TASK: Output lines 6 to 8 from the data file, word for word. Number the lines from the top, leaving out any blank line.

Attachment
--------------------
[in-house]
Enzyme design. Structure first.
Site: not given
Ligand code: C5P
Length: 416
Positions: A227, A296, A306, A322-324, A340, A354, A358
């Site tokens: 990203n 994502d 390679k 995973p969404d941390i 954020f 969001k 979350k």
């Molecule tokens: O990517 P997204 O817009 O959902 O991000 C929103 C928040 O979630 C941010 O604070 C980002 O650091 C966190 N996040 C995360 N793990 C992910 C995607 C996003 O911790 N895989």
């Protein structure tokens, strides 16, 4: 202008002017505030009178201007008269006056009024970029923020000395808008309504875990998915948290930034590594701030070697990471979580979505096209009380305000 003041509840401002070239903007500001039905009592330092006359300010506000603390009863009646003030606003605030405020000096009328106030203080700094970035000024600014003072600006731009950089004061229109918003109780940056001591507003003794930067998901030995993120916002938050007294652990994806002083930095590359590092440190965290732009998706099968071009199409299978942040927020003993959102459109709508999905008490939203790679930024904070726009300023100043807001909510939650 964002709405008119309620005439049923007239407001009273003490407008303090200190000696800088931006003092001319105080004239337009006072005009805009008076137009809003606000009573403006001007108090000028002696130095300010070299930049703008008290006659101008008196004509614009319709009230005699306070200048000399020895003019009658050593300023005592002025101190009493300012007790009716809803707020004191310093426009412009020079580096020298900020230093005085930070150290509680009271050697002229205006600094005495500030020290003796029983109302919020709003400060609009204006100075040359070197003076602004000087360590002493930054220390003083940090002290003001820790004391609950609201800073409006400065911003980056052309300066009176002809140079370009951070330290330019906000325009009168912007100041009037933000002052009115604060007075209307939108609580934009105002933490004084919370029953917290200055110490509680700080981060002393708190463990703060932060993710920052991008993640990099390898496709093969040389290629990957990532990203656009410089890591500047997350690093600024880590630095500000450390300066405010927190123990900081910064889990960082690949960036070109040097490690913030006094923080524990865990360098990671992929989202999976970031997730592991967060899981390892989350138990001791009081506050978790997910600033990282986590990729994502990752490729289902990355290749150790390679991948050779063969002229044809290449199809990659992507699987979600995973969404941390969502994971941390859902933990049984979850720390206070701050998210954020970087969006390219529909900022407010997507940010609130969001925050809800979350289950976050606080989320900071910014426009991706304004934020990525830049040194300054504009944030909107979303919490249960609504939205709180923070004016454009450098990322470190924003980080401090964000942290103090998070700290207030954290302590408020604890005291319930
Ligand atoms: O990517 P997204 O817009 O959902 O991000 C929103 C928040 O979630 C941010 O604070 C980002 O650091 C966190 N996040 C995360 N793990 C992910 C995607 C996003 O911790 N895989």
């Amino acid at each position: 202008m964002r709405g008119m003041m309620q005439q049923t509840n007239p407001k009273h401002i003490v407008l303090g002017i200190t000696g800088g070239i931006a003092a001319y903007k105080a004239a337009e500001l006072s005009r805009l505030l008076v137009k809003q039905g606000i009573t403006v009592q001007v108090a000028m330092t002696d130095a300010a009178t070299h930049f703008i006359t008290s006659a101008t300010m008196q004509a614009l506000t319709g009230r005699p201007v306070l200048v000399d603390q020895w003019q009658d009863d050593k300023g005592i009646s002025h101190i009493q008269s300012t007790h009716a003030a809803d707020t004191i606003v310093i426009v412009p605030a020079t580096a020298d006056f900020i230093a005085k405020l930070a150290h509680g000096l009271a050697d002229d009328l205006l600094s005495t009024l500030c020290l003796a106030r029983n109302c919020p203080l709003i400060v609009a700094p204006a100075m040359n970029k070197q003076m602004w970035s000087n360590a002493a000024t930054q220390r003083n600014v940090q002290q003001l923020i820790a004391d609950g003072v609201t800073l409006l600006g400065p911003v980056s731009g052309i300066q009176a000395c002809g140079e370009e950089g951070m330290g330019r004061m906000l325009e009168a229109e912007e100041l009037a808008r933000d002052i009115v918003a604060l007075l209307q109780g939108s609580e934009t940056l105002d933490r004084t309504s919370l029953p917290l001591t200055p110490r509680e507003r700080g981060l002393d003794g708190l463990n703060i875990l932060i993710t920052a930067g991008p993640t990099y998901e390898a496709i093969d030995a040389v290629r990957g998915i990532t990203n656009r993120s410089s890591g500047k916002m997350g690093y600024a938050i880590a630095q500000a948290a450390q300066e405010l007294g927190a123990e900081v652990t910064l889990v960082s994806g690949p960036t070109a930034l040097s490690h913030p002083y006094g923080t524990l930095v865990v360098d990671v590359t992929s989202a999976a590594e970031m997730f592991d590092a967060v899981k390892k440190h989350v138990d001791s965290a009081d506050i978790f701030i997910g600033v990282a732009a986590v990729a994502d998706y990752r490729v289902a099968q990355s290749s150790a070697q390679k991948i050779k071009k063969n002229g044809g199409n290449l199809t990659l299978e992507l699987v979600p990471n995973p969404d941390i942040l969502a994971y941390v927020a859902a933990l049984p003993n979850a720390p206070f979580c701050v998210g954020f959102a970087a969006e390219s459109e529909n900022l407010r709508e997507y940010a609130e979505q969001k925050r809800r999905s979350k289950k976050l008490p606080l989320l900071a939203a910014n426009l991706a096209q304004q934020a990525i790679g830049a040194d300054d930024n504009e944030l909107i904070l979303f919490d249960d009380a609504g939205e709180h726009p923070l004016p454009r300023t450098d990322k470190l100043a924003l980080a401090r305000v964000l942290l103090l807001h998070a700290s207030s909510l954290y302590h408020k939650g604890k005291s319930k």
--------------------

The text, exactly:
Positions: A227, A296, A306, A322-324, A340, A354, A358
């Site tokens: 990203n 994502d 390679k 995973p969404d941390i 954020f 969001k 979350k």
């Molecule tokens: O990517 P997204 O817009 O959902 O991000 C929103 C928040 O979630 C941010 O604070 C980002 O650091 C966190 N996040 C995360 N793990 C992910 C995607 C996003 O911790 N895989």